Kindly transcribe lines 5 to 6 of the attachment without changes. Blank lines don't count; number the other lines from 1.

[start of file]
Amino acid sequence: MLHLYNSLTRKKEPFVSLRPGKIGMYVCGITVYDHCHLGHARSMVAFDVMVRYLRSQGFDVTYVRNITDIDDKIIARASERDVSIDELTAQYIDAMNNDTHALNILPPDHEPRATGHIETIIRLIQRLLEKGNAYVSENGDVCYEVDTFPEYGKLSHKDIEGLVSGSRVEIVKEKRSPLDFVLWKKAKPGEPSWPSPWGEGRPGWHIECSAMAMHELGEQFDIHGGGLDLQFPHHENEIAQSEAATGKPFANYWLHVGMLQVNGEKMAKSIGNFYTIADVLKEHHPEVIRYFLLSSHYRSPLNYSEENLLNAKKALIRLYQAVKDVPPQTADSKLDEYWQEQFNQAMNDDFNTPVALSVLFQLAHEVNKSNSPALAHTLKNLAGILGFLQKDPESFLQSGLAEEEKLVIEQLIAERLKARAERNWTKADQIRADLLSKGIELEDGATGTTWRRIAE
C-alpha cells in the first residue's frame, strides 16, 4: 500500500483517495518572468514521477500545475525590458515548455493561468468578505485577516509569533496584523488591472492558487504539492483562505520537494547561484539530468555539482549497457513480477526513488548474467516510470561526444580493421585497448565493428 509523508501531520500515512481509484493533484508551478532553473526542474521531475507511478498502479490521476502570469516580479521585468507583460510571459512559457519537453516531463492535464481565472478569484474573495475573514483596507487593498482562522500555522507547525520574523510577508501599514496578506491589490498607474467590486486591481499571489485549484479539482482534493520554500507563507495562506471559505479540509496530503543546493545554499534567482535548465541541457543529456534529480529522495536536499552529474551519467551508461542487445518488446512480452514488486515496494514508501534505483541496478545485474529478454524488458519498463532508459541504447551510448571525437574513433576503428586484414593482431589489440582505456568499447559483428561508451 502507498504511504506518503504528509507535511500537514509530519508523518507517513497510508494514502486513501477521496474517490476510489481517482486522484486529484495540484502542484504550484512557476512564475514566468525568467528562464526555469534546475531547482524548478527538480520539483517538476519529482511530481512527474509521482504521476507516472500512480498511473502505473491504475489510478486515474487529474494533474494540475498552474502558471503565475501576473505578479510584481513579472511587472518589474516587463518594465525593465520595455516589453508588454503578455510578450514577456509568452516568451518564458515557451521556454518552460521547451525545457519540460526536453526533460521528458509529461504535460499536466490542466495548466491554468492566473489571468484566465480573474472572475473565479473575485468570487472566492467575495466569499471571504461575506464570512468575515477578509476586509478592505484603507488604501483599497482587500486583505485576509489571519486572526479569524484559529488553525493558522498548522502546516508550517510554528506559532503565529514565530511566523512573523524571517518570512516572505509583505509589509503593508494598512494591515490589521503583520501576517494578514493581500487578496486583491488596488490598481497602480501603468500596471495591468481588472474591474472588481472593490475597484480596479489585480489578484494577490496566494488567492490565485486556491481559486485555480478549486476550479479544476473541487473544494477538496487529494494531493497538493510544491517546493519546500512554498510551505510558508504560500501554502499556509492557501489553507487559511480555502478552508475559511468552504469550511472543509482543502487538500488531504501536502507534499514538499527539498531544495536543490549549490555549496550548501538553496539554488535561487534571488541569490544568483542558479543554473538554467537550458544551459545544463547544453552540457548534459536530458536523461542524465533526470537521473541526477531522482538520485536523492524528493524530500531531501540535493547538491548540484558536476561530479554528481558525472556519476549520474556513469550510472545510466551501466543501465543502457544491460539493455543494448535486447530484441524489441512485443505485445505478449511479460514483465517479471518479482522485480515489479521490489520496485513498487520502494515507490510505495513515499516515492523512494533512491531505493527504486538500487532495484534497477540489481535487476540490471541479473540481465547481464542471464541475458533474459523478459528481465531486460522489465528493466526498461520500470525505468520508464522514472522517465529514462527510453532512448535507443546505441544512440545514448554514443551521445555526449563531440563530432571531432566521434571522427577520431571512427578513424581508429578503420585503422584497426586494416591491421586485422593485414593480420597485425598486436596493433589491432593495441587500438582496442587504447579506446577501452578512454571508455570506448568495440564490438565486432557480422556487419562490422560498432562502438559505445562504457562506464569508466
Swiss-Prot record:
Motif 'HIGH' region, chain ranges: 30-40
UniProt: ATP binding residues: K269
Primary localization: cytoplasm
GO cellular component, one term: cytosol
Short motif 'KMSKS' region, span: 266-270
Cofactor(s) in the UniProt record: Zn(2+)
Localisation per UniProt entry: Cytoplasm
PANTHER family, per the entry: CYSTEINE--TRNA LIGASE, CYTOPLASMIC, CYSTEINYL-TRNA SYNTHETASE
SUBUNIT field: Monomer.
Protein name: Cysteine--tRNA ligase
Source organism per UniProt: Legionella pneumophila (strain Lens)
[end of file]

UniProt: ATP binding residues: K269
Primary localization: cytoplasm